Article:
Tang Jun is not fazed by criticism of the motives behind his company setting up a 8.3 billion yuan foundation. His only worry: it might stop people who want to donate to charity.
Tang, president and CEO of the New Huadu Industrial Group, said that instead of being applauded, he has been asked if the New Huadu Foundation had been set up purely for charity, or if there was some secret agenda behind it.
"But we don't fear such questions," Tang said. "We are only worried because this might stop people who really want to donate to charity."
Tang, 48, a graduate of Peking University and a former president of Microsoft China, had pushed his boss, Chen Fashu, chairman of New Huadu, to donate nearly half of his personal assets to set up the foundation.
Earlier this month, the Nobel Prize Laureate Edmund S Phelps was appointed dean of New Huadu College, which forms part of the foundation.
Two years ago, Tang made news when he moved from an online games company Shanda to New Huadu with a bonus of 1 billion yuan worth of shares in the group, which made him "emperor" among professional managers in China.
During a 30-minute talk with METRO, Tang discussed the fund and his ideal charity blueprint.
METRO: How many students in Beijing will benefit from the program?
A: Our charity program compromises three sections, with the first and second targeting primary and middle school students in remote and poor areas in China.
The third, called "elite project", mainly focuses on college and university students. Two dozen universities in the capital are included, and 467 students in 20 universities such as Beijing Normal University and Renmin University of China will benefit from our fund.
METRO: How much would each student get and how is the selection made?
A: Each student will get 3,000 yuan a year. We ask the universities to select, but the students must show diligence and excellence and be in need of financial assistance for their campus lives. The amount of scholarships, will be doubled next year.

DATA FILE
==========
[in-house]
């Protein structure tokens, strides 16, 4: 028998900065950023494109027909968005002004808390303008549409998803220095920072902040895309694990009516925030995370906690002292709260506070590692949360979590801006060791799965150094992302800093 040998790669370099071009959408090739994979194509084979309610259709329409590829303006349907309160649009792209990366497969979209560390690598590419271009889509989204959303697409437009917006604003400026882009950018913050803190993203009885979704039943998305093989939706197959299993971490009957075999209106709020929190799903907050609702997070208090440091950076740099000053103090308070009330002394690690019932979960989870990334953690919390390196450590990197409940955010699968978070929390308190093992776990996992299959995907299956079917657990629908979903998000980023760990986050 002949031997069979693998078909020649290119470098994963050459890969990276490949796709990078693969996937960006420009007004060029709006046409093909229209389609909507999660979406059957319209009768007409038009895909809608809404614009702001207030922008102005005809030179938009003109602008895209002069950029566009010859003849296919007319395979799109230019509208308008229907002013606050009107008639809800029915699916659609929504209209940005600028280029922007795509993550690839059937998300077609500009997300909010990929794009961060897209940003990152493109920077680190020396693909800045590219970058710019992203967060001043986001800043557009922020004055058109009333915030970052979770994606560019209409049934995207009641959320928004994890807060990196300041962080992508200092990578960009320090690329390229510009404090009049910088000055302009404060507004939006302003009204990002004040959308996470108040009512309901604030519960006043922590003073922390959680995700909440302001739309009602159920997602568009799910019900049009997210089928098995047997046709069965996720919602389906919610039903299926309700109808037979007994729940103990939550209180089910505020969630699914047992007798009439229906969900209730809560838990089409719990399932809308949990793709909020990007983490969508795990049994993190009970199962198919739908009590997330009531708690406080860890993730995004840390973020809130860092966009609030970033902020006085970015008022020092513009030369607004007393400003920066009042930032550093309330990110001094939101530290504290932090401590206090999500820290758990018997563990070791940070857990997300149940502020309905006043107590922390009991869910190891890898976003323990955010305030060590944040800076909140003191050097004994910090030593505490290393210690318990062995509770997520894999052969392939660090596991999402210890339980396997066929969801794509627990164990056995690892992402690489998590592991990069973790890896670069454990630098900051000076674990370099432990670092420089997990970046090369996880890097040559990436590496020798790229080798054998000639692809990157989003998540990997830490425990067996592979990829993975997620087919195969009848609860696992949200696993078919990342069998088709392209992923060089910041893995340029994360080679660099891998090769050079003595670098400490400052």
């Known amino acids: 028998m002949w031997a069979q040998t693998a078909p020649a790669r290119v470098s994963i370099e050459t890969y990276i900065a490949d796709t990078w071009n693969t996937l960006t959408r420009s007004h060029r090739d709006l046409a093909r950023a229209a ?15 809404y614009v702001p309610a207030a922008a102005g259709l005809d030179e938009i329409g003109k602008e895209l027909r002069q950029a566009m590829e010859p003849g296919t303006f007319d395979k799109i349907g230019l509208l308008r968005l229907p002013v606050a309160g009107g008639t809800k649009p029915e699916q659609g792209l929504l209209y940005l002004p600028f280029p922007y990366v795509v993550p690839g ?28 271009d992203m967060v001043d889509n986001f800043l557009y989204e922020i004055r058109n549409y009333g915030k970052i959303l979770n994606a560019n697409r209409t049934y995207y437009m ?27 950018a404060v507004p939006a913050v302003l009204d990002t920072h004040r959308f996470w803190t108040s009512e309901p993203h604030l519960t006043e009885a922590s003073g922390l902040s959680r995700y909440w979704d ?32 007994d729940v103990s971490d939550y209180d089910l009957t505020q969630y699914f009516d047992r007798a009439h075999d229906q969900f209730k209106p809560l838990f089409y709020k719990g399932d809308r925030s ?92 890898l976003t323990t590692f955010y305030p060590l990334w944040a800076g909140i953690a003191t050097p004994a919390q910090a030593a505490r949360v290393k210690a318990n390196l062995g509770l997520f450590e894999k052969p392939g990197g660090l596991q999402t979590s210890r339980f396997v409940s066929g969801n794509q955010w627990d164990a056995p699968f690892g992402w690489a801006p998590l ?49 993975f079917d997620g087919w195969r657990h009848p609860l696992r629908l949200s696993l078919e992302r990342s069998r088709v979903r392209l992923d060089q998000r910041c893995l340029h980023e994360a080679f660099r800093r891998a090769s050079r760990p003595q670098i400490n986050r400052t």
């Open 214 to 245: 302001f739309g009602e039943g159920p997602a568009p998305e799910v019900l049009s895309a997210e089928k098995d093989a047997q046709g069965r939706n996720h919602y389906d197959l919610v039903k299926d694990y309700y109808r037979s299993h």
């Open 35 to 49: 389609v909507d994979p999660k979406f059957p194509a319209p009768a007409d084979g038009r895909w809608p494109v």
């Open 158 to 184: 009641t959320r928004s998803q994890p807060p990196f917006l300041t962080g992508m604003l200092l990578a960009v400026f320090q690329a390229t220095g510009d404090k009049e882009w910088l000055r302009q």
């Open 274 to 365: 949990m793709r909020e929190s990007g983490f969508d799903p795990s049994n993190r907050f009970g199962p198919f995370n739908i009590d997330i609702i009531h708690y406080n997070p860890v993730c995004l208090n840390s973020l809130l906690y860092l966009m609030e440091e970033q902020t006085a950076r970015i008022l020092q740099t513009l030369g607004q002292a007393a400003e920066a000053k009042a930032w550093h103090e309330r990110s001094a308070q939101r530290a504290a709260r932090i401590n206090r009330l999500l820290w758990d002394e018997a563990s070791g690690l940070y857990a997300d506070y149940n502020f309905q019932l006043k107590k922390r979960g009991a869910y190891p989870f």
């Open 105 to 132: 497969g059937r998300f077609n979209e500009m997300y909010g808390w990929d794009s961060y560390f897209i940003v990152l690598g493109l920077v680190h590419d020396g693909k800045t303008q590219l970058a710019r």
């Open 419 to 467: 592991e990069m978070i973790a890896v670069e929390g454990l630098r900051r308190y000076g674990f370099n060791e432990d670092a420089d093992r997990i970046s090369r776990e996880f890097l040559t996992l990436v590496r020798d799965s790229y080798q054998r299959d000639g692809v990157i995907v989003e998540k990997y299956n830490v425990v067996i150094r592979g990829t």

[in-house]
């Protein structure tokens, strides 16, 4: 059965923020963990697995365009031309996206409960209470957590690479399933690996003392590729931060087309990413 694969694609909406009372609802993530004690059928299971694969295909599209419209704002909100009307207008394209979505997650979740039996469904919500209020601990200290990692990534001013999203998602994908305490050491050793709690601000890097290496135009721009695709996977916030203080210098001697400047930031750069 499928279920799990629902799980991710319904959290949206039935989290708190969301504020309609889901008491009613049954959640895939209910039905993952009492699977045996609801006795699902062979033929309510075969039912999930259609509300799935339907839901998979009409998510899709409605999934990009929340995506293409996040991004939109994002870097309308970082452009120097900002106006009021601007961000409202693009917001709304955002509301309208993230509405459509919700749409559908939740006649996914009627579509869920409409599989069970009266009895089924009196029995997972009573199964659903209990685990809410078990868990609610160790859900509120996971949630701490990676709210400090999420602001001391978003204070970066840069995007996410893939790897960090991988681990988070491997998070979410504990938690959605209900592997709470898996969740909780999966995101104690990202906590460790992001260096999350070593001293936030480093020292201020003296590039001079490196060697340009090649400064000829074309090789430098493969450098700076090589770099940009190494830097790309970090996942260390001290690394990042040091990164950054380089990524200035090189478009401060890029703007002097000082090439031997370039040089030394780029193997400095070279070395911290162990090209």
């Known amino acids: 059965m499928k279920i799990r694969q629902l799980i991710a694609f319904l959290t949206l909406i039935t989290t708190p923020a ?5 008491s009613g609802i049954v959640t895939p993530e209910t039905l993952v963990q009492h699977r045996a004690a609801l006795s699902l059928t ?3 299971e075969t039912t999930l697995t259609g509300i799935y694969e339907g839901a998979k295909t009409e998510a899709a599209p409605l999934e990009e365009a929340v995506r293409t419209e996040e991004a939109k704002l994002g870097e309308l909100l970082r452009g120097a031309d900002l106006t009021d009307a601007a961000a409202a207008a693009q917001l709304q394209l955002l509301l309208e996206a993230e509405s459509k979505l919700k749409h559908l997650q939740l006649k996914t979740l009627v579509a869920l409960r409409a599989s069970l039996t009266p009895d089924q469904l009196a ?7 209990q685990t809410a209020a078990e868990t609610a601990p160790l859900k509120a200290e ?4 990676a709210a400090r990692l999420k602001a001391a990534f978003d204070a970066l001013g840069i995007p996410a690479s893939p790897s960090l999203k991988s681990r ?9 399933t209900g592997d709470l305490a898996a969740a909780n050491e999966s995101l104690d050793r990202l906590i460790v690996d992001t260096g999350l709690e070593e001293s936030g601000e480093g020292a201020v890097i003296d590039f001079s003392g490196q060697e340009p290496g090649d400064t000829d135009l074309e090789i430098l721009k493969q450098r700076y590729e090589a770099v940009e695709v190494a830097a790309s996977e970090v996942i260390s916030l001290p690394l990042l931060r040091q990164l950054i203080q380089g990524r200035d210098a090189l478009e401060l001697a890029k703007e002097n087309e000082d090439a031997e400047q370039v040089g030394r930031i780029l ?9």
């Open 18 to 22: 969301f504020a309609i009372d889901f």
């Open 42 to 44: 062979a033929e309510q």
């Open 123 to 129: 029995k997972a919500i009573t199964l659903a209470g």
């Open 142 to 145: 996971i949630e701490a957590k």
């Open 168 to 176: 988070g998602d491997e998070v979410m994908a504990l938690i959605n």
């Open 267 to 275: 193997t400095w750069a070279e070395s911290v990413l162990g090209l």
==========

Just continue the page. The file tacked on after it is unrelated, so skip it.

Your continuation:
METRO: What triggered the foundation idea?
A: More than two years ago, Chen Fashu said he had been thinking for a long time about how to deal with his fortune. Chen said the money "couldn't be bought while you were born and neither be taken away when you say goodbye to the world". He was worried that if he left all his wealth to his children, it might ruin them if they couldn't handle the fortune properly. So he decided to leave some to his family but take a large section to help people who need it. Then I persuaded him that it would be more helpful to set up a foundation than just donating money.
METRO: How do you respond to suspicions that Chen did it to promote New Huadu or that he was trying to evade tax?
A: Anything that far exceeds common perceptions has to pass a test named "suspicion". But we are not affected by such suspicions or criticisms. If the 8.3 billion yuan were to be spent on public relations, we might get better publicity than we would from donating to charity. In addition, it's impossible to escape tax. Though we hope to be applauded, we don't fear hissing. I believe we are doing a great business ever since.
METRO: What do you think of today's charity environment?
A: I have to say it still remains immature. Much of the public have such prejudices that if you are rich, you definitely should donate.
To a certain extent, it's the psychological reflection of the public's hostility to the rich. But considering China's financial environment and the growing polarization of the rich and poor, the hostility makes some sense.
METRO: What's the perfect charity blueprint for you?
A: A walk in the sunshine and to do everything in a transparent way. No fear of suspicions and to take every step steadily. It's still hard to compare what we are doing in China to how Westerners do it in Europe or the United States. They are better organized. We are still in a developing stage but I believe China's enterprises will shoulder more responsibilities such as charities when as they develop.